Lao Children Call Attention to the Issue of Child Marriage in New Short Film
The Government of Lao PDR, KOICA and UNICEF join hands with Lao children to raise awareness about the impact of and ways to prevent child marriage in Lao PDR through a new short film.
Child marriage is a violation of children’s rights that can have profound physical, intellectual, psychological and emotional impacts.
To improve community awareness about this issue and its prevention in Lao PDR, the National Commission for the Advancement of Women, Mothers and Children (NCAWMC) and the Ministry of Education, with support from the Korea International Cooperation Agency (KOICA) and UNICEF through the “Integrated Programme for Climate Resilience and Empowerment in Attapeu Province (IPCREA), developed a short film on the topic.
“The Story of Three Girls” was produced in consultation with children and adolescents in Attapeu. It follows the lives of teenagers Saeng, Koy, and Noi as they face different challenges in their lives related to poverty, unplanned pregnancy, and education. Family pressure and their individual choices would also cause their paths in life to diverge.
“The storyline was developed by secondary school students from Attapeu province themselves. By depicting child marriage realities from the adolescents’ perspective, the video advocates for youth empowerment and better community support for young people to prevent child marriage and early pregnancy,” said Mme. Chongchith Chantharanonh, Deputy Permanent Secretary of NCAWMC.
‘Child Marriage’ or ‘early marriage’ is defined as the marriage of a girl or boy before the age of 18. It refers to both formal marriages and informal unions where children under 18 live with a partner as if married. Lao PDR has one of the highest proportions of child marriage and the highest adolescent birth rate (83 per 1,000) in the region. 33 per cent of women aged 20 to 49 married by the age of 18, despite the practice being prohibited by the Family Law and Penal Code (the minimum legal age for marriage is 18). Strong determinants of child marriage include low levels of education, poverty, limited opportunities for adolescents, and social norms and acceptance. Unfortunately, the COVID-19 pandemic is worsening this situation according to the COVID-19 Impact Assessment Report. From 2020 to 2021, the number of unintended pregnancies in Lao PDR is estimated to have increased by 15 per cent in the best-case scenario, and potentially by up to 24 per cent. Of these cases, 35 per cent are expected to occur among females aged 15–24 years.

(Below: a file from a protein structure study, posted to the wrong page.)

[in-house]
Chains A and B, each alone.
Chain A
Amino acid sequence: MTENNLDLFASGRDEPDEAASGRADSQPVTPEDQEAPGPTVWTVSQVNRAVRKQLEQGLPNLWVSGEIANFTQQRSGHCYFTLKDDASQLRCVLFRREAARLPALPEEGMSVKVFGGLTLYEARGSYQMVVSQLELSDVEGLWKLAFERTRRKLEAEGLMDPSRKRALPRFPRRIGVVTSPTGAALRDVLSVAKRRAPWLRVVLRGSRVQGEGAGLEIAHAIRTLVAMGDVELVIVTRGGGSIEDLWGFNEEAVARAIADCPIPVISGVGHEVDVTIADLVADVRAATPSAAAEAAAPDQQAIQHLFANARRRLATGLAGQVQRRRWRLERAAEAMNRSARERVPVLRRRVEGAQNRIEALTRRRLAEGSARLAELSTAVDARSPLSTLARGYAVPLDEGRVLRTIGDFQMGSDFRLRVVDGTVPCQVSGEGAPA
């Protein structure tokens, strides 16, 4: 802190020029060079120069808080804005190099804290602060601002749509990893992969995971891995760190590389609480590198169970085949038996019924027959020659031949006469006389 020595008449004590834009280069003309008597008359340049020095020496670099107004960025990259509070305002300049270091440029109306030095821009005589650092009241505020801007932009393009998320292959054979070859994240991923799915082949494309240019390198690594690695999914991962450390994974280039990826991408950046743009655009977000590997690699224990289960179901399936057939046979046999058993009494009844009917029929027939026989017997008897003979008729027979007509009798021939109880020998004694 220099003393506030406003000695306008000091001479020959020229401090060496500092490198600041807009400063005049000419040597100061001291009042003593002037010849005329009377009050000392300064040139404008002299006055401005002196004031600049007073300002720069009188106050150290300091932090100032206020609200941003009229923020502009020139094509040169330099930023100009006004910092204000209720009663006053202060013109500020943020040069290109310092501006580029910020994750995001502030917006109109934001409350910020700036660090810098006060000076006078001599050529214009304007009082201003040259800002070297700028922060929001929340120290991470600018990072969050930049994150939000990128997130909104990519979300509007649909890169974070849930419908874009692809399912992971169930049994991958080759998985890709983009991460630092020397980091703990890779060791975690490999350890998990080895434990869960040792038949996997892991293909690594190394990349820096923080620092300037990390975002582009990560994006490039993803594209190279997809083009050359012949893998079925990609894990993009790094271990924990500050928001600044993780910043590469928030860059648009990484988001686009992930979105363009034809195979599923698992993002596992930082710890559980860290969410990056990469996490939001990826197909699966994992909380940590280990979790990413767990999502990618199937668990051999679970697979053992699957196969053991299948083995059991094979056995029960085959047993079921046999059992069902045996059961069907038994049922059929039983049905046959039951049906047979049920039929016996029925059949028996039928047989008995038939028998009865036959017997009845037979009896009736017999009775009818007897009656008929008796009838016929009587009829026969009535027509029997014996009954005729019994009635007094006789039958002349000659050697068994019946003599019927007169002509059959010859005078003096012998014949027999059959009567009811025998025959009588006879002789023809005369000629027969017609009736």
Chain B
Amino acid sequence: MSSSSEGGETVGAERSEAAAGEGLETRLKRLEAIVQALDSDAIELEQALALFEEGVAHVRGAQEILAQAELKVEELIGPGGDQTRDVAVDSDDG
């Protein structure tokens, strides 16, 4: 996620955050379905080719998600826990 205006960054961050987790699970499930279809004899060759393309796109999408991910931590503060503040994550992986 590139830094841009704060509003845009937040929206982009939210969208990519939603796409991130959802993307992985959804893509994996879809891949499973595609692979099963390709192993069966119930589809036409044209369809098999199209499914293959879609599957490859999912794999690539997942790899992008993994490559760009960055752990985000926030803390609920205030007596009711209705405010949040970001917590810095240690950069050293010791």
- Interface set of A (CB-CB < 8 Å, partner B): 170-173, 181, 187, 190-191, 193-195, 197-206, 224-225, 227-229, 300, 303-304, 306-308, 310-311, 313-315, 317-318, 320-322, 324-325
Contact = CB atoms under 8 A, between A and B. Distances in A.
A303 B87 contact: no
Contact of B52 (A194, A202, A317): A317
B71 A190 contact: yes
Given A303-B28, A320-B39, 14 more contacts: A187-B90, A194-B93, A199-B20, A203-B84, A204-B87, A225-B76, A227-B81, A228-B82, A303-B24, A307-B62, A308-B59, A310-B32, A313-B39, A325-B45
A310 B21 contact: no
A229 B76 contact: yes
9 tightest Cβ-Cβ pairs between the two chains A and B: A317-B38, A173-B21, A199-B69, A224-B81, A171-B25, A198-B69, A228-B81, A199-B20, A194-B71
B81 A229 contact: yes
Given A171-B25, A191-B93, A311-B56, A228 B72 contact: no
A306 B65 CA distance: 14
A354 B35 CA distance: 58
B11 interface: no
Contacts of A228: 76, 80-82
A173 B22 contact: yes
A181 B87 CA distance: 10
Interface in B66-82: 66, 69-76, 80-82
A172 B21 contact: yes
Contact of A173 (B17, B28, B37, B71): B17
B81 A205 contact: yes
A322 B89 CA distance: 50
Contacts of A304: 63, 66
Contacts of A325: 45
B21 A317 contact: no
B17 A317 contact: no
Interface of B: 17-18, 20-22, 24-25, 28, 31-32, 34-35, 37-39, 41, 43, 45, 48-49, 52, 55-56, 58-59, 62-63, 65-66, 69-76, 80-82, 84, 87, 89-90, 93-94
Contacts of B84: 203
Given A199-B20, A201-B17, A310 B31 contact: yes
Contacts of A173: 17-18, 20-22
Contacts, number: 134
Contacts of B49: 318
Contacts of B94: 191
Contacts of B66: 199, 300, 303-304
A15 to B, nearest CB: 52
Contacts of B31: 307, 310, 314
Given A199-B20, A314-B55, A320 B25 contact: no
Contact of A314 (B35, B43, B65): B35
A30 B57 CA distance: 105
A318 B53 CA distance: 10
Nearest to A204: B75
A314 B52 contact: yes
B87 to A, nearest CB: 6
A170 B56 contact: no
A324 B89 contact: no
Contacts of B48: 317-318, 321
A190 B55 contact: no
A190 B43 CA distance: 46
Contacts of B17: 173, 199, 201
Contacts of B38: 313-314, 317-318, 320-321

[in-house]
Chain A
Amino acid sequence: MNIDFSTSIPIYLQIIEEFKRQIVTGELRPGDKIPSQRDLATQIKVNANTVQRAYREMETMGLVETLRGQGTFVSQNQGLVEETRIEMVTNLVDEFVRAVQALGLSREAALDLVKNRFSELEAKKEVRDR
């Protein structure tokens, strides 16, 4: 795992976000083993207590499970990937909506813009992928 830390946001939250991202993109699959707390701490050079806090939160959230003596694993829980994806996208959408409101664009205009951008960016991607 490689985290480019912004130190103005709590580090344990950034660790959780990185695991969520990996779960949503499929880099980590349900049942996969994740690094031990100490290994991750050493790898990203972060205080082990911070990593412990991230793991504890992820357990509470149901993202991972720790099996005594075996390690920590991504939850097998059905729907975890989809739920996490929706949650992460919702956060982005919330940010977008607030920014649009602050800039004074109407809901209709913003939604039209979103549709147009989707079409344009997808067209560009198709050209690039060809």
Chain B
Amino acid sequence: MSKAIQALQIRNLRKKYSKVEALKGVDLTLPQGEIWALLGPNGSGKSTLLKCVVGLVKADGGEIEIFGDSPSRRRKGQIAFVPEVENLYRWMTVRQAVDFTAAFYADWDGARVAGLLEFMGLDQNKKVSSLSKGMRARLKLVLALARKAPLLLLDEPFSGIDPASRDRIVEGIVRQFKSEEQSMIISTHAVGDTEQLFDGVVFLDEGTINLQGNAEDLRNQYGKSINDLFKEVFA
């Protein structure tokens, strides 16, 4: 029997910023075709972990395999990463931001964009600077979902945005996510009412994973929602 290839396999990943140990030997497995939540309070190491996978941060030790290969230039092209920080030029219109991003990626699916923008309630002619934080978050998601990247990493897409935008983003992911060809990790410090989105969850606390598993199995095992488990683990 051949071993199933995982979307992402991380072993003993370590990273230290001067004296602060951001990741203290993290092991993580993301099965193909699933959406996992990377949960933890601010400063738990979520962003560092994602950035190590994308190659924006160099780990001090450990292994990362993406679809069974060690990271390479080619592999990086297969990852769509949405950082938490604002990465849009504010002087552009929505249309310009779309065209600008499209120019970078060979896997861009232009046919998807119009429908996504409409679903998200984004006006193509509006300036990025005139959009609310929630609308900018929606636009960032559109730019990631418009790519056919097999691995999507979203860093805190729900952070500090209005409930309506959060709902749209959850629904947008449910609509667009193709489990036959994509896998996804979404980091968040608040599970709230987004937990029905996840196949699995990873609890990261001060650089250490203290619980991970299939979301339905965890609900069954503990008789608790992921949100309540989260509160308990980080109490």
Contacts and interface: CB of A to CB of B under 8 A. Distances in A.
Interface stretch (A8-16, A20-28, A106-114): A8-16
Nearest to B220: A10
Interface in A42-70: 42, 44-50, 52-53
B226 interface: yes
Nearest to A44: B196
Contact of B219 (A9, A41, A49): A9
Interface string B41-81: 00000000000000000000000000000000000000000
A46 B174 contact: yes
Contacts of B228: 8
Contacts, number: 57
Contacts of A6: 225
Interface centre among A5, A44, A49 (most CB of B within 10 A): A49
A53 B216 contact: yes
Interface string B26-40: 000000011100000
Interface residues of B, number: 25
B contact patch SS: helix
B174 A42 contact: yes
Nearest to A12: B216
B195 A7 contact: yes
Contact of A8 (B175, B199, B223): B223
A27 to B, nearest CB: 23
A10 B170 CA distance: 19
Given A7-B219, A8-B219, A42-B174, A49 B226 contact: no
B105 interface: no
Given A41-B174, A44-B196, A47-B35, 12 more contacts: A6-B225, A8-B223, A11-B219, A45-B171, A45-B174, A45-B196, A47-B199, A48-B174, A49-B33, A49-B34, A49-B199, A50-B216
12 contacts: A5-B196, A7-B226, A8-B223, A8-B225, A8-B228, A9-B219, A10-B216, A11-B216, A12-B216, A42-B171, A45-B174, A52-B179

“Child marriage can cut off educational opportunities and chances for personal growth. For girls, it will almost certainly mean pregnancy with an increased risk of infant and maternal mortality. Children in early marriage also face a higher risk of violence, exploitation, and abuse,” explained Ms. Young Joo Lee, Child Protection Specialist from UNICEF Lao PDR
“KOICA is dedicated to improving the lives of girls. We hope that this video can be used to reach a wide audience to help everyone understand the impacts of child marriage and take appropriate actions to prevent it,” said Mr. Seongmin Lee, Deputy Country Director of KOICA Office in Lao PDR.
To safeguard children’s rights and improve their well-being and protection, KOICA and UNICEF have also been supporting adolescent life skills training and awareness-raising activities on child protection and prevention of violence, early marriage, and sexual exploitation of children in Attapeu Province since 2019. To date, nearly 5,000 children, young people, caregivers, and community members have engaged in activities related to ending child marriage and early pregnancy.
“The Story of Three Girls” can be viewed on UNICEF Lao PDR social media accounts, Lao National TV channel and social media accounts of the Ministry of Information, Culture and Tourism. The video will be used during the adolescent social and life skill training sessions and community awareness-raising sessions in Attapeu province.